About the author: Sabri George Bebawi was born in Egypt in 1956. He is well-educated, an avid reader and is a professor of English. He has acquired training in journalism, teachers training, and educational technology. His first novel, God on Trial, has won many awards, including a British literary award in 2015. This is an important quote about the author, “Bebawi waits for that certain-to-come day when all religions, conformity, capitalism, republicanism, and inhumanity are eradicated. He wishes America well, though it appears to him that it is a little too late; evil forces have possessed America, and no one knows how.”
I reiterate, I do not agree with the character’s views, but I am happy that I read ‘Divine Comedy’ all the way to the end. I came away with a profound sense of gratitude for the blessings in my own life. I have to admit that my emotions were all over the place as I read Alexandre Akpors’ story. Personally, I conclude that this story is told with brutal honesty. Fact or Fiction, I will leave it up to you to decide.
I, Theodocia McLean (Cold Coffee Press) endorse Divine Comedy by Sabri Bebawi as a personal tragedy which the character refers to as “Divine Comedy”. I give this book 5 stars because the character Alexandre Akpors is brutally honest. If you are reading this, it is because you live in a country that affords you the freedom to do so. Freedom must be protected at all cost. I purchased this book from Kindle and this review was completed on October 18, 2017.
Genre: Short Read, Contemporary Fiction, Literature & Fiction
From his childhood in Egypt to his immigration to the United States, Dr. Sabri g. Bebawi has assembled scores of incidents, which weave a tapestry of his life with candor, honesty and intelligence in his book, A Dream Is Just That: An Interminable Journey from Egypt to America.
A foreign upbringing by American standards, Dr. Bebawi began his book by telling tales of his childhood in an Egyptian oasis called Fayoum. As virtually any childhood parallels in human emotion those of children around the world, his intellectual curiosity and passion for truth filled his world around the Egyptian dust and dirt, religious laws and culture, giving him a rather unique upbringing. Being from a family of wealth, he was afforded comforts and education; however all was not at peace within his youth. Instances of naivety while being sexually abused, and witnessing indescribably bizarre events, etched a permanent chasm of ideological awareness of life in his developing mind.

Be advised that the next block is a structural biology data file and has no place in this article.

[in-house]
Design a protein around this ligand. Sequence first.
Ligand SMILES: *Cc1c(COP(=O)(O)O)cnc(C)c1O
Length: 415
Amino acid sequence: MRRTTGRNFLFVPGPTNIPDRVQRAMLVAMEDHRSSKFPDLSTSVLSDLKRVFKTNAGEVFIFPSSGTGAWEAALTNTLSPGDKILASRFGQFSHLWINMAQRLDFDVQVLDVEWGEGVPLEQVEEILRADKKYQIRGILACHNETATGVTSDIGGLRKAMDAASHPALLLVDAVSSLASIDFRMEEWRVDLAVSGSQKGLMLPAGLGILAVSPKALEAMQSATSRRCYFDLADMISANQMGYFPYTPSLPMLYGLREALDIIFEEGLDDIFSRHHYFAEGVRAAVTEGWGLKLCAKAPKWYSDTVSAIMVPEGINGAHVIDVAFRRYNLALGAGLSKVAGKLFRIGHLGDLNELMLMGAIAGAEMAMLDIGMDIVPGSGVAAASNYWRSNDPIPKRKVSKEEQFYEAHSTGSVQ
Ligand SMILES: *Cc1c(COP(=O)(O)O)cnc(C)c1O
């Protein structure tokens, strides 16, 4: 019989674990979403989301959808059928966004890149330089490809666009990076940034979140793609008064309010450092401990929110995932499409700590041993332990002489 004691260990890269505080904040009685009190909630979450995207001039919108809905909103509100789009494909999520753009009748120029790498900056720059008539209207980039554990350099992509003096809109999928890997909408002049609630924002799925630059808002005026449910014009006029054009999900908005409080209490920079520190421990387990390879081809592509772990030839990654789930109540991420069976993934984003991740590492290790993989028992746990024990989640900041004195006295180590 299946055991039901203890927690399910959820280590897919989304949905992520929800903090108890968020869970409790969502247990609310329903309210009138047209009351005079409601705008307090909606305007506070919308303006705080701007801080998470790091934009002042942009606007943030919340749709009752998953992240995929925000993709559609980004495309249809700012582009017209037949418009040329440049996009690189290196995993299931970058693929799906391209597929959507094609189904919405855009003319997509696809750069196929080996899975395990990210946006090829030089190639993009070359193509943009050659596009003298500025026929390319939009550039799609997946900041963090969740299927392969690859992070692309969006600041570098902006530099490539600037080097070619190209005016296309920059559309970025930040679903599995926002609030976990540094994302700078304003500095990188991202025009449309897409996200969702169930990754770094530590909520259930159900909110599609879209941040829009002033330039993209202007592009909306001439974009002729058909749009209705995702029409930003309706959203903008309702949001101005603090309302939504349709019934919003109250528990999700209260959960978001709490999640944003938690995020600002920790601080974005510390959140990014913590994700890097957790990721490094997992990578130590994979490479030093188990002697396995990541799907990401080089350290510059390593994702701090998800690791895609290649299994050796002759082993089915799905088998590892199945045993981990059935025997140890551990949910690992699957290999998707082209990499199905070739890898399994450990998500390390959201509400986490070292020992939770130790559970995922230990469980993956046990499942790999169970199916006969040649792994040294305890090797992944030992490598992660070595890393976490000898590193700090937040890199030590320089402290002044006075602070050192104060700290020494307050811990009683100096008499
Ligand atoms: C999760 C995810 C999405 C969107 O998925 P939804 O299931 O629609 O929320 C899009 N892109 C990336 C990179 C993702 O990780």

From the frailty of being a victim of various childhood diseases, he relied on his one physical characteristic of strength, his mind, for survival. This prowess has manifested itself in his literary achievements in journalism, authorship, and achieving his PhD in English as a part of his higher education. After his autobiographical account of his upbringing and family, the book shifts to America, the “Land of Freedom,” so he thought. What are described are incidents of hardship, legal abuse, financial slavery and class struggles in society; which Dr. Bebawi cleverly juxtaposes against his Egyptian culture. He concludes there are more similarities than differences, and human nature is eerily constant within the various geographical and political environmental regions of the world. I must admit I found a tidbit of arrogance in his written voice, as he describes legal battles and confrontational issues with established American corporate behemoths over policies of customer apathy.
Dr. Bebawi found a call to action as he became the self-appointed spokesperson for the less articulate and educated masses; as he single-handedly attempted to change American society. His battle was brought all the way to The White House where he received a customary reply thanking him for his concern; but leaving the situation unchanged. Hence A Dream is Just That…..a dream. This book is surprisingly compelling and difficult to put down. It reads rather swiftly due to the layout of short “scenes” intermixed with very interesting photographs and exhibits. The single most quality which resonates throughout his writing is truth. This, I imagine, comes from his years of journalistic work, but is obviously rooted in his morality and his own core values. With all of the turmoil going on in the world, especially from his homeland of Egypt, I found this to be extraordinarily timely and pertinent. Americans need to see ourselves not from within our culture, but from foreign observations, to realize some of the truths and rights we hold to be self-evident are a part of the American Dream, and A Dream Is Just That.
Genre: Biographies & Memoirs, Ethnic & National
Chiara is a 22 year-old-girl who has just graduated with a degree in Art History. She travels to Rome and lives with one of her mother’s friends, Sofia. Chiara falls in love with Sofia’s nephew, Professor Rafi Curti. Several events take place and Chiara finds that her mother slept with Rafi and her father with Sofia. She later discovers that Rafi is engaged to one of his students at the university of Florence, Italy. The novel has a surprising conclusion.